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As expected, if you plug in 0 into the initial equation, the answer is undefined or indeterminate. I tried multiplying the conjugate $\frac1{\sqrt{x+h-2}}+\frac1{\sqrt{x-2}}$ to the numerator and the denominator, but i couldn't simplify this equation enough to avoid the indeterminate value.

$$\lim_{h\to 0} \dfrac{\frac1{\sqrt{x+h-2}}-\frac1{\sqrt{x-2}}}{h}$$

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You know that $\frac a b - \frac c d = \frac{ad - bc}{bd}$, right? –  Rahul Sep 13 '11 at 7:39
If you know differentiation, you can "cheat": Can you see that this is the derivative of $f(x)=1/\sqrt{x-2}$ at $x$? –  Fredrik Meyer Sep 13 '11 at 7:46
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2 Answers 2

$$\lim_{h\to 0}\dfrac{\dfrac{1}{x+h-2}-\dfrac{1}{x-2}}{h\left(\dfrac{1}{\sqrt{x+h-2}}+\dfrac{1}{\sqrt{x-2}}\right)}$$

$$ =\lim_{h\to 0} \dfrac{\dfrac{-h}{(x-2)(x+h-2)}}{h\left(\dfrac{1}{\sqrt{x+h-2}}+\dfrac{1}{\sqrt{x-2}}\right)}$$

Now cancel the $h$ and substitute $0$ for h

$$ -\dfrac{1}{(x-2)^2}\cdot \dfrac{\sqrt{x-2}}{2} = -\dfrac{1}{2(x-2)^{3/2}}$$

I have shown how to "simplify" by multiplying conjugate. Though it would be quicker if you follow Rahul's advise.

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kuch nahi, Nice solution, but a slight nitpick in terminology. You do not substitute the limit; the limit is the final answer. What you substitute is $0$ in place of $h$. :-) –  Srivatsan Sep 13 '11 at 19:40
@Srivatsan Thanks. I edited my answer. –  kuch nahi Sep 14 '11 at 6:57
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An alternative evaluation. Let $f(x)=\frac{1}{\sqrt{x-2}}$. Then, by definition of $f'(x)$ $$ \lim_{h\rightarrow 0}\frac{1}{h}\left( \frac{1}{\sqrt{x+h-2}}-\frac{1}{\sqrt{ x-2}}\right) =f^{\prime }(x), $$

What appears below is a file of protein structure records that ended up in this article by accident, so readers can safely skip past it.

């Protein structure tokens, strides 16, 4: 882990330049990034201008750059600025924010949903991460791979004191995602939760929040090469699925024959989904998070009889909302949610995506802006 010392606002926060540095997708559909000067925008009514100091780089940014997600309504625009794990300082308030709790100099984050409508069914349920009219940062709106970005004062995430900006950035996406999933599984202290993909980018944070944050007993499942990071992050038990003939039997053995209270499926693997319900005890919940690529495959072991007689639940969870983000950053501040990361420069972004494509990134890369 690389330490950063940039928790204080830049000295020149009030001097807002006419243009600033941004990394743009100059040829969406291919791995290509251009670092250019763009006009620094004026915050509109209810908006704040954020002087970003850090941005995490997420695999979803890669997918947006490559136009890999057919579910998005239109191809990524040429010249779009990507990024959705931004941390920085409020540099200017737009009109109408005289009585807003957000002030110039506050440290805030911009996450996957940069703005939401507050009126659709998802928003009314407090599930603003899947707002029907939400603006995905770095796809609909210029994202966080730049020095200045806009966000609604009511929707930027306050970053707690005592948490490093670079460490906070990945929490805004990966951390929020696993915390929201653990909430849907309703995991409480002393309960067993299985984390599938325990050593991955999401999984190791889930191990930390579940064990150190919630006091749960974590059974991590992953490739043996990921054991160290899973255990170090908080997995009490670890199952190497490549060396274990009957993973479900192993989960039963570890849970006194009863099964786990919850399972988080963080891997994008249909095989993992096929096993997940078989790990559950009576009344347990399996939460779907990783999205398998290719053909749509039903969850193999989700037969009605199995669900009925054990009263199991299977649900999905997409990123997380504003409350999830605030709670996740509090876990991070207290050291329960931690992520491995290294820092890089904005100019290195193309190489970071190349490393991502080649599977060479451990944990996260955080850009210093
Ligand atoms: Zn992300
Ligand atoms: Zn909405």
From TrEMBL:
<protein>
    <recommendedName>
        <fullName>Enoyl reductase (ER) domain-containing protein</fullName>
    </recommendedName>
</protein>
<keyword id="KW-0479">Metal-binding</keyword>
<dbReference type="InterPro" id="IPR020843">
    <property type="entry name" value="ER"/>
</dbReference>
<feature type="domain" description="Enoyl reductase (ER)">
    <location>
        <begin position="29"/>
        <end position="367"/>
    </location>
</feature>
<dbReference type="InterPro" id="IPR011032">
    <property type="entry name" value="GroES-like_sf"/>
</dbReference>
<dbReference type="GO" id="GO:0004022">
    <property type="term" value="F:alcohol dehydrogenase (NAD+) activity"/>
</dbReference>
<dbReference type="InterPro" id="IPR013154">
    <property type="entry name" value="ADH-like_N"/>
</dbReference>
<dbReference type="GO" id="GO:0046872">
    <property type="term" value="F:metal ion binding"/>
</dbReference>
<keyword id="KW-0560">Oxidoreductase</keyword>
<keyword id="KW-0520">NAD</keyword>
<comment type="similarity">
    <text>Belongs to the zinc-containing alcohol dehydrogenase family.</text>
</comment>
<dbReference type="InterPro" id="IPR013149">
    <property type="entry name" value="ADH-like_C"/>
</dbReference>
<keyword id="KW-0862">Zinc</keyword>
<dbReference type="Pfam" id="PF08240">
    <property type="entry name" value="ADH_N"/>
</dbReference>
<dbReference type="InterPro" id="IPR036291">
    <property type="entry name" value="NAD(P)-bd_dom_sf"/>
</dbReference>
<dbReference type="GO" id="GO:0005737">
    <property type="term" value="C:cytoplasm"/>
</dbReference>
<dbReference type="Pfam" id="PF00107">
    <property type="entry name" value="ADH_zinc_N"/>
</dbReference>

which is $$ \begin{eqnarray*} f^{\prime }(x) &=&\left( \frac{1}{\sqrt{x-2}}\right) ^{\prime }=\left( \sqrt{ x-2}^{-1}\right) ^{\prime } \\ &=&-1\times \left( \sqrt{x-2}\right) ^{-2}\times \left( \sqrt{x-2}\right) ^{\prime }=-\frac{1}{x-2}\times \frac{1}{2\sqrt{x-2}} \\ &=&-\frac{1}{2\left( x-2\right) ^{\frac{3}{2}}}. \end{eqnarray*} $$

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This works, but usually limits like this one are just exercises in using the definition of the derivative, which is then used to justify things like the product rule, etc., and those are then used for finding derivatives the way you did. Lots of students fail to appreciate that there can be some circular reasoning in using L'Hopital's rule to prove that $(d/dx)(x^n) = nx{n-1}$, and the like. So I dislike doing too much of this kind of thing. –  Michael Hardy Sep 13 '11 at 16:18
@Michael Hardy: You are right. In a similar but a little easier question I answered with the rationalization technique. –  Américo Tavares Sep 13 '11 at 16:37
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